Now in theatres: uppity audiences

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By Kevin Ritchie

Björk fever is sweeping the world like some post-Y2K freak of nature — but not if rich moviegoers have anything to say about it.

While the Icelandic pop singer has been recording 23 years, only now with the release of Dancer in the Dark has she become an event unto herself.

Naturally, Dancer is playing exclusively at the Cumberland movie theatre in the heart of Yorkville, crusty nouveau-riche, white-people-central.  And why shouldn’t it?  One need a certain ambiance to enjoy a revisionist musical starring Björk — and the gaudy Paramount, the trashy Carleton and the kooky Bloor Cinema just won’t do.  One must ponder artwork, not movie posters.  One must have a membership so one feels like one belongs to something others do not.  One must watch trailers for the National Post, not Reese’s Pieces.

The movie is a musical directed by Lars Von Trier, famous for allowing bad things to happen to good people.  Björk plays Selma, a Czech immigrant in Washington State who slaves away in a sink factory to save money for her son’s operation.  Von Trier’s starkly grey countryside comes alive whenever Selma fantasizes her life is a musical and everyone around her bursts into cheesy dance routines.

At first, it sickened me that such a beloved member of my record collection — I own 25 Björk CDs, including the $45 Japanese import soundtrack to Dancer in the Dark — could be used as a means for a director to impose his useless ideals on everyone else in the audience.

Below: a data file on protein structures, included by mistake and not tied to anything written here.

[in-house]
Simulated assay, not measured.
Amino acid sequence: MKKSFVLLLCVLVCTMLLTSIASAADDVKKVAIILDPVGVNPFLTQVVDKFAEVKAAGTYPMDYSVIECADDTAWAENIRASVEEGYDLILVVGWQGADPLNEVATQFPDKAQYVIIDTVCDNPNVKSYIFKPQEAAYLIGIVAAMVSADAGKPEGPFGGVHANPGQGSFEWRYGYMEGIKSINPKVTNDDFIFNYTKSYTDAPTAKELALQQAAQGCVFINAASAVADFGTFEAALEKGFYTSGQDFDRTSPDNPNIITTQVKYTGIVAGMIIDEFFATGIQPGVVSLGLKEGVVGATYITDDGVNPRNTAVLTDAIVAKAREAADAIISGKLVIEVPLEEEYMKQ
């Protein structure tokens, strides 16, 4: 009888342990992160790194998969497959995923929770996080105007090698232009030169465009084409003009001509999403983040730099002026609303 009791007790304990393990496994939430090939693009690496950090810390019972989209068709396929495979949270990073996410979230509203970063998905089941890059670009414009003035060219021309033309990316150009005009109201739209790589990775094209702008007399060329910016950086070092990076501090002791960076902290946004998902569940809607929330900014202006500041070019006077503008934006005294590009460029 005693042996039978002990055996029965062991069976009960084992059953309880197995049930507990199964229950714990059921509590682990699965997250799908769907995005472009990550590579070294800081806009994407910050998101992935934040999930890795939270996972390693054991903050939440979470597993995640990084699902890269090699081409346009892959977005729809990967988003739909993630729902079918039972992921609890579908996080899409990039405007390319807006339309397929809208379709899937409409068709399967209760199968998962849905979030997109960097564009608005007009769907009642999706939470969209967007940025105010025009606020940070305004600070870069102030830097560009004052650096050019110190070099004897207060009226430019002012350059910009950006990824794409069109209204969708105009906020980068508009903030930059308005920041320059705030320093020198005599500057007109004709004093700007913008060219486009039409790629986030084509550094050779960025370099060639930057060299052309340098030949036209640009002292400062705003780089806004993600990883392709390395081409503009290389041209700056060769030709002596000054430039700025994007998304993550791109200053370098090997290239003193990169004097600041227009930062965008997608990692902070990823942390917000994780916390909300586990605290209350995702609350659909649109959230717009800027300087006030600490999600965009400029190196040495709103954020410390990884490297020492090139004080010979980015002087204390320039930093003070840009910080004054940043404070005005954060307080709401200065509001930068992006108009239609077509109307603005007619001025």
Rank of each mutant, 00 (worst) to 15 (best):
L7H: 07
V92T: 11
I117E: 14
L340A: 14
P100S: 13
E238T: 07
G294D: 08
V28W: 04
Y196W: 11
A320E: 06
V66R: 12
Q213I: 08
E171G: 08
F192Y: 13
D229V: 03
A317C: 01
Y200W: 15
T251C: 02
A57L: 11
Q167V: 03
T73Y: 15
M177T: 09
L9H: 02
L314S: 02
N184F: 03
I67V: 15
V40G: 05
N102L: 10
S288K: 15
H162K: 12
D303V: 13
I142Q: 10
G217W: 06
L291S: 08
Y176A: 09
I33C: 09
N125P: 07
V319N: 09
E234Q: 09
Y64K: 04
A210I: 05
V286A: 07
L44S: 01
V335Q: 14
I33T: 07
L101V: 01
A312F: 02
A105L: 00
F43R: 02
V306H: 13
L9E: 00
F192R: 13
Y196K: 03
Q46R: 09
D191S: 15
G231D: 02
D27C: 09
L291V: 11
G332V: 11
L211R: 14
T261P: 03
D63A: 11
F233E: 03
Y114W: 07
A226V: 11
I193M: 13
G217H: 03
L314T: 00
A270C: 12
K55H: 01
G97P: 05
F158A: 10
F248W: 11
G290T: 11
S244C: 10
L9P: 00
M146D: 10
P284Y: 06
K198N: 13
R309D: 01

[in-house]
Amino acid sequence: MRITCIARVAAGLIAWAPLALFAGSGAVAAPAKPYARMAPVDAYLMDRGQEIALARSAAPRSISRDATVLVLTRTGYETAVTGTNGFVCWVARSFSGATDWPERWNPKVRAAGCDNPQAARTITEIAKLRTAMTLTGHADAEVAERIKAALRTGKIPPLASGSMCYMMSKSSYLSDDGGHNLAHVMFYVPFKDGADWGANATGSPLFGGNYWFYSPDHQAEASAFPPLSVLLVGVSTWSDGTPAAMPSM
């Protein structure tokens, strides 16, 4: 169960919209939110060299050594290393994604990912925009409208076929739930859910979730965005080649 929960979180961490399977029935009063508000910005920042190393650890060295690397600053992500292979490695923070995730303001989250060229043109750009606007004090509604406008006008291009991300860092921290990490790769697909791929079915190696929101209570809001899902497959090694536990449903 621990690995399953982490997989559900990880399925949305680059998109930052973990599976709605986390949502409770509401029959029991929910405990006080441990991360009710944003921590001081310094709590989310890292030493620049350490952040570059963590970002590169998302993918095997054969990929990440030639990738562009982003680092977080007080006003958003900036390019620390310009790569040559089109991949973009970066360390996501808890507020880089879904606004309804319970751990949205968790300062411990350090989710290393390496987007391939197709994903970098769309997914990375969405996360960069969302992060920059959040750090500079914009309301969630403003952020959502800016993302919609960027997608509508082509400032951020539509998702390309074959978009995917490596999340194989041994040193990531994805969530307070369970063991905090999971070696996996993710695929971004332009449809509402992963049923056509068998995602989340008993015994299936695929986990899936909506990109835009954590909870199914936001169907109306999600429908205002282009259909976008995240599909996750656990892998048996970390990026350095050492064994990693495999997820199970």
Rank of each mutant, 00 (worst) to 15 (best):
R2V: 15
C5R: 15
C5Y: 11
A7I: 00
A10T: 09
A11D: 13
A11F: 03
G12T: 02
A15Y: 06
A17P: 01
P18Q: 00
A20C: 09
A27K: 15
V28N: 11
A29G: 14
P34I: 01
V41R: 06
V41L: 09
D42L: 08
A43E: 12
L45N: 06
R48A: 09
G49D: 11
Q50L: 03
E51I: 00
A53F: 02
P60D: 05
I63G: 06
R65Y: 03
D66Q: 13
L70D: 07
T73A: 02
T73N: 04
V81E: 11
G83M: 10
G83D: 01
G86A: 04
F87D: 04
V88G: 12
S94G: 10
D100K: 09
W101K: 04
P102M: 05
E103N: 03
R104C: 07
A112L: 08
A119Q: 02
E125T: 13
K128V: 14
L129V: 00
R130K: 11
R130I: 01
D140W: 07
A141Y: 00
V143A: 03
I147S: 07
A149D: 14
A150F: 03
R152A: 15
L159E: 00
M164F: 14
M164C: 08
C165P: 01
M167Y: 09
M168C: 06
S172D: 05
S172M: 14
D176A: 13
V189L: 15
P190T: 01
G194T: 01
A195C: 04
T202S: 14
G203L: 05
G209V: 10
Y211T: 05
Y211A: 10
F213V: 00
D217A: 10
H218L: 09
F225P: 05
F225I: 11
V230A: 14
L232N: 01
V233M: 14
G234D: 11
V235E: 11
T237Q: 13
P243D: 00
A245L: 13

So you can imagine the moment when I discovered that Dancer in the Dark had surpassed Showgirls as my favourite movie.  I cried three times.

In attempting to re-live that moment at a second screening, I found myself once again enraptured with Björk’s heartbreaking performance.  But about 15 minutes before the movie ended, a sudden musical outburst from Selma prompted the woman in front of me to storm out in a huff.  “I am leaving!” she said loud enough for everyone around her to hear.  “This movie is sick!”

Please, I’m trying to wallow in the misery of a fictional character.  Get the fuck over yourself.  The rest of us braved Yorkville, with its designer dress shops for 12-year-olds, the stupidest fucking rock in the city and Sassafraz so Björk could capture our hearts, and this woman is having a mini-conniption over a musical.  Worse, she’s letting everyone know about it.  Why do people do that?  This only happens to me at the Cumberland.

Further ahead of me another woman sighed loudly, shifted her position constantly and laughed at Björk!  I hate audience members who walk out conspicuously.

How bored are you that you have nothing better to do than pay $7 for a matinee you can annoy everyone around you and then walk out so close to the end?  It’s because you can’t handle watching a woman with a hard life attempt to escape her suffering while you do colonics and sniff bath beads.

Can’t these people sit in the dark for two-and-a-half-hours and not be the centre of attention?  Is my emotional reaction, albeit lame as it is, to be compromised by you declaration of disgust?

This is a musical — they’re supposed to sing and dance.  Or maybe I’m just sick for loving that so much.

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